Keeping retirement weird. My dad was Robert Jordan.

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Republican Senator John McCain’s tribute to the last Spanish Civil War veteran of the Abraham Lincoln Brigade and Communist, Delmer Berg, was as sweet as it was a surprise.

McCain didn’t really need to qualify his NY Times column by explaining he didn’t agree with Berg’s politics. Berg recently died at the age of 100. I kind of assumed it since Berg had proudly admitted he was a life-long Red and would be Red until his last breath.

The Senator wrote, “I have felt that way since I was boy of 12, reading Hemingway’s “For Whom the Bell Tolls” in my father’s study. It is my favorite novel, and its hero, Robert Jordan, the Midwestern teacher who fought and died in Spain, became my favorite literary hero.”

Perhaps, as I suggested to a friend at a party last night, that McCain’s tribute to an anti-fascist fighter was meant to be more than a just a tribute to a single brave man.

The men and women from around the world who volunteered to fight in Spain against Franco were called premature anti-fascists by the anti-communist witch hunters of the McCarthy era.

Now, Fascism seems to be a topic of discussion again. I can think of several running for President.

I can recall seeing the movie version of For Whom the Bell Tolls at the Park Theater, which was on 31st and West Diamond Street in the Strawberry Mansion neighborhood of North Philadelphia. Although the movie came out in 1943, I must have seen it in 1955 or ’56. I was seven or eight.

The movie starred Gary Cooper as Robert Jordan.

As a kid, with a father who I knew fought in the Spanish Civil War as a Lincoln, I was convinced that the Robert Jordan on the screen was my dad.

The evidence was clear: Both the brave handsome character that Gary Cooper played and my dad were named “Robert.” What other evidence did anyone need?

A few years later our family was living in Los Angeles. I was best friends with Mike Goff.

Mike’s dad, Irv Goff, was also a Spanish Civil War veteran. Mike claimed that Hemingway had known his dad and had based Robert Jordan on Irv.

We argued about this. By that time I had met quite a few Lincoln vets who loved to tell their stories and they all claimed they had met Hemingway. There were as many Lincoln vets who claimed to have met Hemingway as there are bartenders in Havana who told me that their bar was Hemingway’s favorite. That they had invented the Daiquiri at Hemingway’s personal request.

But Mike Goff may have been more right than I thought.

It turns out that Irv Goff had fought in Spain behind enemy lines, blowing up bridges and roads, much like Robert Jordan in For Whom the Bell Tolls.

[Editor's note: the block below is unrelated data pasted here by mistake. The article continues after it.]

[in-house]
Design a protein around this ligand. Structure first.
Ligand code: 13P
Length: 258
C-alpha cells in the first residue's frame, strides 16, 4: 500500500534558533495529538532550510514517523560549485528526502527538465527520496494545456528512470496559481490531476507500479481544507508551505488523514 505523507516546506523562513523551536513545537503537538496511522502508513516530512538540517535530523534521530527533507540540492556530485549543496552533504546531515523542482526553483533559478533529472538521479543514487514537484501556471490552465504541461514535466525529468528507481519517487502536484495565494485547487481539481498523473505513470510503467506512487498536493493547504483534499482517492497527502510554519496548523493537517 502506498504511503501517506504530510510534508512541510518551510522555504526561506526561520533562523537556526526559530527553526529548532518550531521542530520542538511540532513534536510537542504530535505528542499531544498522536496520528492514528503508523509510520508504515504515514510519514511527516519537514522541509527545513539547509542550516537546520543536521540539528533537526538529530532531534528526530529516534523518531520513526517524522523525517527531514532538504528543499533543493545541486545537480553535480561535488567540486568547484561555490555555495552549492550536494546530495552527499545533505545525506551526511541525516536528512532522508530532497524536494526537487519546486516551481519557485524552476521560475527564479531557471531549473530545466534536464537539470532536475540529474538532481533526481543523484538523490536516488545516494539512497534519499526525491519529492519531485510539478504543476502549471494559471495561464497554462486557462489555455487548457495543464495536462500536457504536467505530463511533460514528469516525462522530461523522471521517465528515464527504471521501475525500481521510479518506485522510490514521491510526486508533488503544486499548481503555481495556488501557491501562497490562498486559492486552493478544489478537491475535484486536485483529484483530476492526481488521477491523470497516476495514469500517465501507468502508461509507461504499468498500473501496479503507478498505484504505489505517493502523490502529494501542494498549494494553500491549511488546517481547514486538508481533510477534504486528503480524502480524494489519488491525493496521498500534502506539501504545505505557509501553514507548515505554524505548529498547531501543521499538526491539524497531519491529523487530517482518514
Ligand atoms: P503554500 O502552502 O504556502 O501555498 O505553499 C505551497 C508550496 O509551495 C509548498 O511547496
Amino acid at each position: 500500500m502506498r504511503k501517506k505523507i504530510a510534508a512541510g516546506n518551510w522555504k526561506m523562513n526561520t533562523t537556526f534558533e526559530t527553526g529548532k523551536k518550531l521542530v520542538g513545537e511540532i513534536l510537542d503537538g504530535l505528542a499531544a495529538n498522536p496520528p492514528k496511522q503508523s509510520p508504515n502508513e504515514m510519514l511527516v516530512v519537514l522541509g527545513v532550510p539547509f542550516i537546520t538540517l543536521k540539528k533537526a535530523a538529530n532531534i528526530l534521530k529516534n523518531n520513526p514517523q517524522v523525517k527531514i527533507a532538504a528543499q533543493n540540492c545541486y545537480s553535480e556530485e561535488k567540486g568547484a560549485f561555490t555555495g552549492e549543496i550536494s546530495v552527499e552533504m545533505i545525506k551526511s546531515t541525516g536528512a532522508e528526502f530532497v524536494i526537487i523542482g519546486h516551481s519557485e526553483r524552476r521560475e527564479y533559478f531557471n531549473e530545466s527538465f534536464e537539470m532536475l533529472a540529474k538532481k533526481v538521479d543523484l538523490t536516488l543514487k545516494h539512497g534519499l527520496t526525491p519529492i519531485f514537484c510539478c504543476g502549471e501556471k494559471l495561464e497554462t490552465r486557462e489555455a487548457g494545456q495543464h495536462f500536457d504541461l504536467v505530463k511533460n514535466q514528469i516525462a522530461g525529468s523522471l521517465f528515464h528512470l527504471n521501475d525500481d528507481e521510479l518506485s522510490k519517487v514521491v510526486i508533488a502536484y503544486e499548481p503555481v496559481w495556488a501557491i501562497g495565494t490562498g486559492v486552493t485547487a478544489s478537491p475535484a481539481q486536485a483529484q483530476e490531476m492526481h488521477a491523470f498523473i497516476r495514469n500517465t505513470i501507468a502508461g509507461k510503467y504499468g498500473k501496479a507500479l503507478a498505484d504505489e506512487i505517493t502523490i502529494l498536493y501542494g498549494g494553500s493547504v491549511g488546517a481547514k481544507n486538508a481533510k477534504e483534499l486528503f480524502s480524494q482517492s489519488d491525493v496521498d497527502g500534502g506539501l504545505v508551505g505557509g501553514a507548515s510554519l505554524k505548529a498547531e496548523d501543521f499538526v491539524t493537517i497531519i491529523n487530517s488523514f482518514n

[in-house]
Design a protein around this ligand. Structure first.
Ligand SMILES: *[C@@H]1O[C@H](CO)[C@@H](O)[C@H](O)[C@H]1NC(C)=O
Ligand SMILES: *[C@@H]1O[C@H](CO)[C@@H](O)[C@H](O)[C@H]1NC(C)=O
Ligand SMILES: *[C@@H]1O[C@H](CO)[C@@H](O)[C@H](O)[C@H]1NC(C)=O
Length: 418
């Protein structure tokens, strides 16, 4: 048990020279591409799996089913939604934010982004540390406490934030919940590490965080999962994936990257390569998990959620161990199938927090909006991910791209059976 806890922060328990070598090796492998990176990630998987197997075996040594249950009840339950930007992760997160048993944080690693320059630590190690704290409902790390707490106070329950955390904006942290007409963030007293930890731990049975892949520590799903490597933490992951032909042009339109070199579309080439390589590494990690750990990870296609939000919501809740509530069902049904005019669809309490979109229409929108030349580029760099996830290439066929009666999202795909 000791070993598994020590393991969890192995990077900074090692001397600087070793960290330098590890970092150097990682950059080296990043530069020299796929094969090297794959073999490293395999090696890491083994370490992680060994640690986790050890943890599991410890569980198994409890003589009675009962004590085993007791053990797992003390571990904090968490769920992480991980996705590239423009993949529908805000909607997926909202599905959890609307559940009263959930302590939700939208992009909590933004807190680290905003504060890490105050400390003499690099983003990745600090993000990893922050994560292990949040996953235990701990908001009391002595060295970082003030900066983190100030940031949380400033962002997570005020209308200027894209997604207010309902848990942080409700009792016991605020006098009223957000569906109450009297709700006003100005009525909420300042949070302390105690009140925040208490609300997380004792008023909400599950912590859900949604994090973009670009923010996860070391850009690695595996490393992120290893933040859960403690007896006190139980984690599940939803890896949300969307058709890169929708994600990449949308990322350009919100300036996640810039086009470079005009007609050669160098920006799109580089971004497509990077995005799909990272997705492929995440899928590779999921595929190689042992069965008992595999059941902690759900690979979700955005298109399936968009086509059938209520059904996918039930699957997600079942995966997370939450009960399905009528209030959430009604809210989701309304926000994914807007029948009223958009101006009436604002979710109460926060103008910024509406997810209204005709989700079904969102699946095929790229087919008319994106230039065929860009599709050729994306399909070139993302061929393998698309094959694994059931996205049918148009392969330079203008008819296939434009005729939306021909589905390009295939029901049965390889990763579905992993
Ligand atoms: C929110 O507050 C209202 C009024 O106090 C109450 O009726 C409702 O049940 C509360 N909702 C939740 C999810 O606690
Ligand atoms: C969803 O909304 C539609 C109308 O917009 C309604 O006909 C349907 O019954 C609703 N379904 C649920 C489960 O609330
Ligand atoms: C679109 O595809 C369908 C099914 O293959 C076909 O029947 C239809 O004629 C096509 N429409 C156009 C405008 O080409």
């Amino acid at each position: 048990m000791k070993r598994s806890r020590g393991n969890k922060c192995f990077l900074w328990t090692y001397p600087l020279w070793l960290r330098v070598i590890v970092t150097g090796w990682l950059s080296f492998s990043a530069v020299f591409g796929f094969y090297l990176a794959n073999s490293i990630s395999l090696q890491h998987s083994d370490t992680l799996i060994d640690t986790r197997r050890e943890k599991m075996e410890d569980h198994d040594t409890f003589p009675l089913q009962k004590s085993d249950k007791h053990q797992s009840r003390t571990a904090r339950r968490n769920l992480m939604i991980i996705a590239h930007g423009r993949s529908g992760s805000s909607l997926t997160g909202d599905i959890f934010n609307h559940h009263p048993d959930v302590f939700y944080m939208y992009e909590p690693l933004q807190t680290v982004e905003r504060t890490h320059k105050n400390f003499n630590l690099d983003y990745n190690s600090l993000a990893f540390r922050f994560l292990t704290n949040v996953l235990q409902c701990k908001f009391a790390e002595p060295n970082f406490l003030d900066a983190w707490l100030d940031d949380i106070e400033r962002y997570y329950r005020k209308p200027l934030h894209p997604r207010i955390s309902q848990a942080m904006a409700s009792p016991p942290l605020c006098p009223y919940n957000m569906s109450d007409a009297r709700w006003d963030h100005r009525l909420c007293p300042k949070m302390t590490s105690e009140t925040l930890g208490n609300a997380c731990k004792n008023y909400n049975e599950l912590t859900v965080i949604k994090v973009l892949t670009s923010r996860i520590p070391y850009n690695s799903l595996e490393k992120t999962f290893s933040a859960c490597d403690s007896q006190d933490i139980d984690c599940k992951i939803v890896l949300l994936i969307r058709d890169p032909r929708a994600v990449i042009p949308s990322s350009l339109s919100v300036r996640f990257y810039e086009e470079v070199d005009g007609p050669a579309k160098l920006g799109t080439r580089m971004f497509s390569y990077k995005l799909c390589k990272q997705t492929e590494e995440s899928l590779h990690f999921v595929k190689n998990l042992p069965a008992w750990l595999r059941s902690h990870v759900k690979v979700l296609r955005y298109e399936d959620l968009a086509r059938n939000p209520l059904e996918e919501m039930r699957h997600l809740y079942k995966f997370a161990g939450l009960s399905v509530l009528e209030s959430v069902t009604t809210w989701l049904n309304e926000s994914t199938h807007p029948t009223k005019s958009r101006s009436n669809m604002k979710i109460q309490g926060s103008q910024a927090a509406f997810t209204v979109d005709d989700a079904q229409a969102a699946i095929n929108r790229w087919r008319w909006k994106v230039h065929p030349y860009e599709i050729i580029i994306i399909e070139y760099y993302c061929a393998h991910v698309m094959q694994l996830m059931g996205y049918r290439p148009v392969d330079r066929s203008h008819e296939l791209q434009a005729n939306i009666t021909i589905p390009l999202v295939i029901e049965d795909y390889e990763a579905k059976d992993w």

This past week has been an interesting one, what with the pictures of Obama in front of the giant image of Che Guevara in Havana and John McCain’s NY Times tribute to a communist veteran of the Lincoln Brigade.

“Your dad fought in Spain?” my friend at the party, who I have known for many years, asked while we discussed the McCain column.

“Yep.”

My dad was Robert Jordan.

 

7 thoughts on “Keeping retirement weird. My dad was Robert Jordan.

  1. Thank you. This is great. I realize I knew many people whose fathers had gone to Spain. Surprising to me that John McCain would write a tribute. What a world we live in now. Is Mike Goff still around, do you know? I loved the guy — he was a good friend.

  2. Fred: This is beautiful. I hope you submit an op-ed to the Times called “My Dad Was Robert Jordan.” I know what you’re thinking: “No one reads the Times, and I’m too busy with my blog.” But I have a sad confession: I do read the Times. It infuriates me most mornings, gets me going like a sharp slap in the face, but I want to open it one morning and see your op-ed. Just sayin’

  3. As large as your leadership is, both this post and your drawing of your dad deserve to have an even wider audience.
    Even though the New York Times also has a limited readership, writing an op-ed with drawing is a wonderful idea. Please consider submitting them.

    • Thanks to you and Bill. From the NY Times op-ed policy statement: “We will not consider articles that have already been published, in any form, in print or online.”

  4. Are there those now who, in the future, will look at their father’s going to fight in Syria the same as we do when we remember the war in Spain?
    “one man’s terrorist is another man’s freedom fighter”― George Galloway
    “One man’s terrorist is another man’s freedom fighter” first written by Gerald Seymour in his 1975 book Harry’s Game.

    • While your point about what is terrorism and what is a terrorist is an important one, the International Brigades that fought in Spain – including the 3,000 Americans – were unique in that they were sent by no nation’s government. In fact, just the opposite. They went to Spain because they saw what was coming and saw that those governments that called themselves democracies would not act to prevent it.

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